The Merkle roots are validated as part of the full block validation, detailed in Blocks.

If the block header does not conform to any of the above, the block SHOULD be rejected and MAY ban the peer that sent it.

Version

This is the version currently running on the chain.

The version MUST conform to the following:

• It is represented as an unsigned 16-bit integer.
• Version numbers MUST be incremented whenever there is a change in the blockchain schema starting from 0.

Height

A counter indicating how many blocks have passed since the genesis block (inclusive).

The height MUST conform to the following:

• Represented as an unsigned 64-bit integer.
• The height MUST be exactly one more than the block referenced in the prev_hash block header field.
• The genesis block MUST have a height of 0.

Prev_hash

This is the hash of the previous block's header.

The prev_hash MUST conform to the following:

• represented as an array of unsigned 8-bit integers (bytes) in little-endian format.
• MUST be a hash of the entire contents of the previous block's header using the domain (block_header).

Timestamp

This is the timestamp at which the block was mined.

The timestamp MUST conform to the following:

• Must be transmitted as UNIX timestamp.
• MUST be less than FTL.
• MUST be higher than the MTP.

Output_mr

The output_mr MUST be calculated as follows: Hash (TXO MMR root || Hash(spent TXO bitmap)).

The TXO MMR root is the MMR root that commits to every transaction output that has ever existed since the genesis block.

The spent TXO bitmap is a compact serialized roaring bitmap containing all the output MMR leaf indexes of all the outputs that have ever been spent.

The output_mr MUST conform to the following:

• Represented as an array of unsigned 8-bit integers (bytes) in little-endian format.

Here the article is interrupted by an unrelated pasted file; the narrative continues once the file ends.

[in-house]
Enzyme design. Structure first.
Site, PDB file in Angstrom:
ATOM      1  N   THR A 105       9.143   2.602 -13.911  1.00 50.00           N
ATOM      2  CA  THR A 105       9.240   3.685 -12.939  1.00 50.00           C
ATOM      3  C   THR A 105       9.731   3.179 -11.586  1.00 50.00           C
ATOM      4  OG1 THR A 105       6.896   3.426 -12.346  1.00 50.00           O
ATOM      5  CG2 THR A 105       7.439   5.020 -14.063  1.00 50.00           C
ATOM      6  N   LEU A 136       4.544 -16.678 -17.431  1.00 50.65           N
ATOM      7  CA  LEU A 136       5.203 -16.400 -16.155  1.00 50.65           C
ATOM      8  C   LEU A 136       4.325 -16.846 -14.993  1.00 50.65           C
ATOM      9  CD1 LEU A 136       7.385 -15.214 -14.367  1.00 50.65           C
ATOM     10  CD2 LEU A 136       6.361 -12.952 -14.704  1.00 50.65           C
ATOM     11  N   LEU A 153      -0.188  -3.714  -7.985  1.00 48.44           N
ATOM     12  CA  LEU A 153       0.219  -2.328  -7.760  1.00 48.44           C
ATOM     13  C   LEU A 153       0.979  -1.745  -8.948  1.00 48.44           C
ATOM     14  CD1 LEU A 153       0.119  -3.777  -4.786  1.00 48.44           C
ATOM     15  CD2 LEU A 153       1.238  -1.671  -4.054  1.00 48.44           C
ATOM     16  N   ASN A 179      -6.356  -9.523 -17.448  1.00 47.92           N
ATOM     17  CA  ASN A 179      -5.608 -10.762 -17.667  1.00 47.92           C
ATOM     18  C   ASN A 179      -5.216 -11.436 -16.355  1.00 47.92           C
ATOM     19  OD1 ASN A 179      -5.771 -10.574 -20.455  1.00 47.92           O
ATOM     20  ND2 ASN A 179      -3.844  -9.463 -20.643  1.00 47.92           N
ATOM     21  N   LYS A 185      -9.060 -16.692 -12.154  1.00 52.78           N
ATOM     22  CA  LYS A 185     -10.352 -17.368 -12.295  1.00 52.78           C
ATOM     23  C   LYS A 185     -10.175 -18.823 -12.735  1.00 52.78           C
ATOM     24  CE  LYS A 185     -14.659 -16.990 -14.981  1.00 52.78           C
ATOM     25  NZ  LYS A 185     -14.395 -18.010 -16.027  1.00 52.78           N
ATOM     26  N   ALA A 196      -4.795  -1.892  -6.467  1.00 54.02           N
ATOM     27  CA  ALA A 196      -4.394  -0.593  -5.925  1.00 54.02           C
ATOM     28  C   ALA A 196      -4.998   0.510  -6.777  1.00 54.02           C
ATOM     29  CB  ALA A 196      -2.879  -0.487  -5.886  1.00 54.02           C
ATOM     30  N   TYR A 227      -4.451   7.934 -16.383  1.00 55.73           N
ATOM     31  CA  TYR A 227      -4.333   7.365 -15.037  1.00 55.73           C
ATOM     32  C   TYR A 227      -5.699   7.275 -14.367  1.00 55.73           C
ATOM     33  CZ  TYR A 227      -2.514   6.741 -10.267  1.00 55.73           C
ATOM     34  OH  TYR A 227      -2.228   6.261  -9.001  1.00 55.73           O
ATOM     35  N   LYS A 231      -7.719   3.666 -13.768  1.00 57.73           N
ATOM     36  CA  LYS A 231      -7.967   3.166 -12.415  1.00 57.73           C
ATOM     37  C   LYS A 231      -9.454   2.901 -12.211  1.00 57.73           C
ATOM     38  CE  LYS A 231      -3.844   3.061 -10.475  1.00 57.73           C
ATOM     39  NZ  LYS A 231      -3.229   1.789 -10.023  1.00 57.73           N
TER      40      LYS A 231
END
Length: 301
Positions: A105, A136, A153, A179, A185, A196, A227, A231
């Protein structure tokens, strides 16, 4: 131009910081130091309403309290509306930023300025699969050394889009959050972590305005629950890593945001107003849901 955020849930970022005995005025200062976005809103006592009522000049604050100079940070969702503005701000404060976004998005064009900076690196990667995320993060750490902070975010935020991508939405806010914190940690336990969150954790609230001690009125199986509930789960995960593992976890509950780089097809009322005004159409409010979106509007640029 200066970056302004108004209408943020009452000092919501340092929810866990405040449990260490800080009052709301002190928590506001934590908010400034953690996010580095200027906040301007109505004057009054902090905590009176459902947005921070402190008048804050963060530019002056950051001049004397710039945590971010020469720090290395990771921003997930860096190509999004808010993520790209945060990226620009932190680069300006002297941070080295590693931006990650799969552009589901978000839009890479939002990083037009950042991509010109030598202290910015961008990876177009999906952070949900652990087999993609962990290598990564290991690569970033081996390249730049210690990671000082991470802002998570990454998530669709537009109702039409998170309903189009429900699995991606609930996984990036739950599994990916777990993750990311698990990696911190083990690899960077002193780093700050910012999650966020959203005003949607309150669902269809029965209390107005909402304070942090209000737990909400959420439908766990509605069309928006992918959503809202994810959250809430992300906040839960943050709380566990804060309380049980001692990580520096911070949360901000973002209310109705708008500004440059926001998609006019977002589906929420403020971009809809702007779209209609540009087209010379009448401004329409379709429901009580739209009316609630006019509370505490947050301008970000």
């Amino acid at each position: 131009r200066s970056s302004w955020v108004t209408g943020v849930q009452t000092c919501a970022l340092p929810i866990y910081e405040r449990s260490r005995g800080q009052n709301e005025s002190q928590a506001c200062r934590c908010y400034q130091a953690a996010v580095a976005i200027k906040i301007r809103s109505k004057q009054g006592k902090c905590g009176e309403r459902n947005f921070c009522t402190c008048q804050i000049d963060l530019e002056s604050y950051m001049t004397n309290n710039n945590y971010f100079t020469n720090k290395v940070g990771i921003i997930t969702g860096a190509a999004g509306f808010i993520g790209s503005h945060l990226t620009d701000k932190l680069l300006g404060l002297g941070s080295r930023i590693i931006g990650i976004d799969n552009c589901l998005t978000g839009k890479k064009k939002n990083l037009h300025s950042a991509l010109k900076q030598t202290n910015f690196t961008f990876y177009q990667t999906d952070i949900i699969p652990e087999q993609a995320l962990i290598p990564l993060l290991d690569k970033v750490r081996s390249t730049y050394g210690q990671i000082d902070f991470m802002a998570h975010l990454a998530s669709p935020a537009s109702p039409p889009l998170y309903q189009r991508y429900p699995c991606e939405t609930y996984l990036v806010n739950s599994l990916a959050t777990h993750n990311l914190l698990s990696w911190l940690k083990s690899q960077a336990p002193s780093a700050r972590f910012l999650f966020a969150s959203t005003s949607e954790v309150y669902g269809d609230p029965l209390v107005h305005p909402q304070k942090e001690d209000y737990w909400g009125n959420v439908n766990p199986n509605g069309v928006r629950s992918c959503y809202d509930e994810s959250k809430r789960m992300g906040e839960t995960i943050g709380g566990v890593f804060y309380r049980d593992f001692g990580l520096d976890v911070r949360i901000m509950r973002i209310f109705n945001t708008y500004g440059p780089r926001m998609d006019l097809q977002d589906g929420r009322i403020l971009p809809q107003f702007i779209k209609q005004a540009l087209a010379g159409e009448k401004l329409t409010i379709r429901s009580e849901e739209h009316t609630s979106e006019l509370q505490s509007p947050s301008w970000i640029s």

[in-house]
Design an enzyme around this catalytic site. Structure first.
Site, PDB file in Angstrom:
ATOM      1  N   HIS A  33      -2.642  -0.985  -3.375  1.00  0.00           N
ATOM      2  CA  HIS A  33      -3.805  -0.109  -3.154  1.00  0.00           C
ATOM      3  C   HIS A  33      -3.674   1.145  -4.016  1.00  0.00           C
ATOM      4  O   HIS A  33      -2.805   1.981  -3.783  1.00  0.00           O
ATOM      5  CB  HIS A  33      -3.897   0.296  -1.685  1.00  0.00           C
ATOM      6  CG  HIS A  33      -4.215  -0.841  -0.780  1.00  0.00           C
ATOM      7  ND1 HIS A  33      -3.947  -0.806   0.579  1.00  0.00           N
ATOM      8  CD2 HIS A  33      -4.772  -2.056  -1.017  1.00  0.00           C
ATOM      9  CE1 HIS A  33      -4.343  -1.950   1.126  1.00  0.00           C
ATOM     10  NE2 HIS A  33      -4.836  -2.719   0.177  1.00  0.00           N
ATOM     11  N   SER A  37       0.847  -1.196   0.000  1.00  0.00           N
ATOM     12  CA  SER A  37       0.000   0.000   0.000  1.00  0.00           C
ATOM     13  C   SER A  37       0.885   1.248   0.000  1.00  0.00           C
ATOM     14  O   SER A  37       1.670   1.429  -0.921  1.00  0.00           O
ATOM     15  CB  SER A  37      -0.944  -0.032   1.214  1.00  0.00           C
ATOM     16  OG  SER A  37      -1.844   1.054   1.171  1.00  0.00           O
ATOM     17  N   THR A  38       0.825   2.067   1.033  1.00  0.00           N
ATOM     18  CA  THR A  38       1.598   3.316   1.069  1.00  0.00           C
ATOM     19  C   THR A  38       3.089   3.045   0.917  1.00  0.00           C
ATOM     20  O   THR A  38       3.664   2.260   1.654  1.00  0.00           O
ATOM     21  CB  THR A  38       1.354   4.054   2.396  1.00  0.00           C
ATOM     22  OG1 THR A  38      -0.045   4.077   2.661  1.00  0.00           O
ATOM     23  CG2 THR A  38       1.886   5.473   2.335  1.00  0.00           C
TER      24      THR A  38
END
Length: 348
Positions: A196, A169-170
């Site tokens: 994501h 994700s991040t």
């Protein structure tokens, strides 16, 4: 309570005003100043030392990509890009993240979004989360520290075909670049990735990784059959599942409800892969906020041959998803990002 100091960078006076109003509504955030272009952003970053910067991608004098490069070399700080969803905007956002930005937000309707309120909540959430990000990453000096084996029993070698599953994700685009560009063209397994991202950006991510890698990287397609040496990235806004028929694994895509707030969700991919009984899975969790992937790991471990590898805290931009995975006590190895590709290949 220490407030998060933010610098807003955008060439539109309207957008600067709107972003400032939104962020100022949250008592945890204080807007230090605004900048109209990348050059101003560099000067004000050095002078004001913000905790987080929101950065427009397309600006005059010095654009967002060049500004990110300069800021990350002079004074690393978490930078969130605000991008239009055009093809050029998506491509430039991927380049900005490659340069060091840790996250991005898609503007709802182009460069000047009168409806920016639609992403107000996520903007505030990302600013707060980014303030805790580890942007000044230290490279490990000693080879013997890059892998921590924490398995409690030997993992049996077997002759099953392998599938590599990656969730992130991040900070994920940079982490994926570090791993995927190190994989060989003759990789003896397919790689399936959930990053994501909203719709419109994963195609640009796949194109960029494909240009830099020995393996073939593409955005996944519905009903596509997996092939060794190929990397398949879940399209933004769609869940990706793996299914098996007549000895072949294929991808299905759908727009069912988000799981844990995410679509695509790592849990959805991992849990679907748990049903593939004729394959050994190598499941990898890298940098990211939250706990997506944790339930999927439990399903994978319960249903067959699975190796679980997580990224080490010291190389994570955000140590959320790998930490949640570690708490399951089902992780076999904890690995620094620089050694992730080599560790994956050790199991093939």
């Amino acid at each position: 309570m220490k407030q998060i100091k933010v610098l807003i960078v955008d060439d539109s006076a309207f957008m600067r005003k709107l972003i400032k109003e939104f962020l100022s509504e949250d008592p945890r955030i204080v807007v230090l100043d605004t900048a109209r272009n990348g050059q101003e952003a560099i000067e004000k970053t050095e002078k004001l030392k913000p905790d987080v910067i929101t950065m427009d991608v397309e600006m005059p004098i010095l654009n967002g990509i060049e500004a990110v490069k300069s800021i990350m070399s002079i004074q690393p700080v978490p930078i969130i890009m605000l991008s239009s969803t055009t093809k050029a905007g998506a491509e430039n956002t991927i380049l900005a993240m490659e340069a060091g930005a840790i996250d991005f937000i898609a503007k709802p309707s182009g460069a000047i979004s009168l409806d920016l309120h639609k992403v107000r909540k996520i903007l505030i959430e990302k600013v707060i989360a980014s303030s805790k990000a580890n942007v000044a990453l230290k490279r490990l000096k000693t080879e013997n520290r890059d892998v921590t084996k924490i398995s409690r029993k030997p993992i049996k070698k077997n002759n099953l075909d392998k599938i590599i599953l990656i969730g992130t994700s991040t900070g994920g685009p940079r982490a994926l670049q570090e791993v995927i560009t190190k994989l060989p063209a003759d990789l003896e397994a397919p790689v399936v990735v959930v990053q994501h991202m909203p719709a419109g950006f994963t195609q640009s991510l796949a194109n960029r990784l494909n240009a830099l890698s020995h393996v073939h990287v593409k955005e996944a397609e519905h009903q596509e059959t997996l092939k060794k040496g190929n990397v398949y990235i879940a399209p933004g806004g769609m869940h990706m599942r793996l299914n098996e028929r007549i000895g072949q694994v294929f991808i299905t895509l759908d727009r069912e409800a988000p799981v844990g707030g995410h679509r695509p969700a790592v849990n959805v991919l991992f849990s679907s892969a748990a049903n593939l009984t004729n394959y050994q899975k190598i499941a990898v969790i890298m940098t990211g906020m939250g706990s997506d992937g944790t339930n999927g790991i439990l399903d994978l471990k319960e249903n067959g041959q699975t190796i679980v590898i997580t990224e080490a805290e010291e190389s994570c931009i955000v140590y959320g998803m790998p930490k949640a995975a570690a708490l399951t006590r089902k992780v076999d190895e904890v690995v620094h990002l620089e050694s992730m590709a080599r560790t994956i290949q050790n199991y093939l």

• The hashing function used MUST be blake2b with a 256-bit digest.

Output_mmr_size

This is the total size of the leaves in the output Merkle mountain range.

The Output_mmr_size MUST conform to the following:

• Represented as a single unsigned 64-bit integer.

Input_mr

This is the Merkle root of all the inputs in the block, which consists of the hashed inputs. It is used to prove that all inputs are correct and not changed after mining. This MUST be constructed by adding, in order, the hash of every input contained in the block.

The input_mr MUST conform to the following:

• Represented as an array of unsigned 8-bit integers (bytes) in little-endian format.
• The hashing function must be blake2b with a 256-bit digest.

Witness_mr

This is the Merkle root of the output witness data, specifically all created outputs’ range proofs and metadata signatures. This MUST be constructed by Hash ( RangeProof || metadata commitment signature), in order, for every output contained in the block.

The witness_mr MUST conform to the following:

• Represented as an array of unsigned 8-bit integers (bytes) in little-endian format.
• The hashing function used must be blake2b with a 256-bit digest.

Kernel_mr

This is the Merkle root of the kernels.

The kernel_mr MUST conform to the following:

• Must be transmitted as an array of unsigned 8-bit integers (bytes) in little-endian format.
• The hashing function used must be blake2b with a 256-bit digest.

Kernel_mmr_size

This is the total size of the leaves in the kernel Merkle mountain range.

The Kernel_mmr_size MUST conform to the following:

• Represented as a single unsigned 64-bit integer.

Total_kernel_offset

This is the total summed offset of all the transactions in this block.

The total_kernel_offset MUST conform to the following:

• Must be transmitted as an array of unsigned 8-bit integers (bytes) in little-endian format

Total_script_offset

This is the total summed script offset of all the transactions in this block.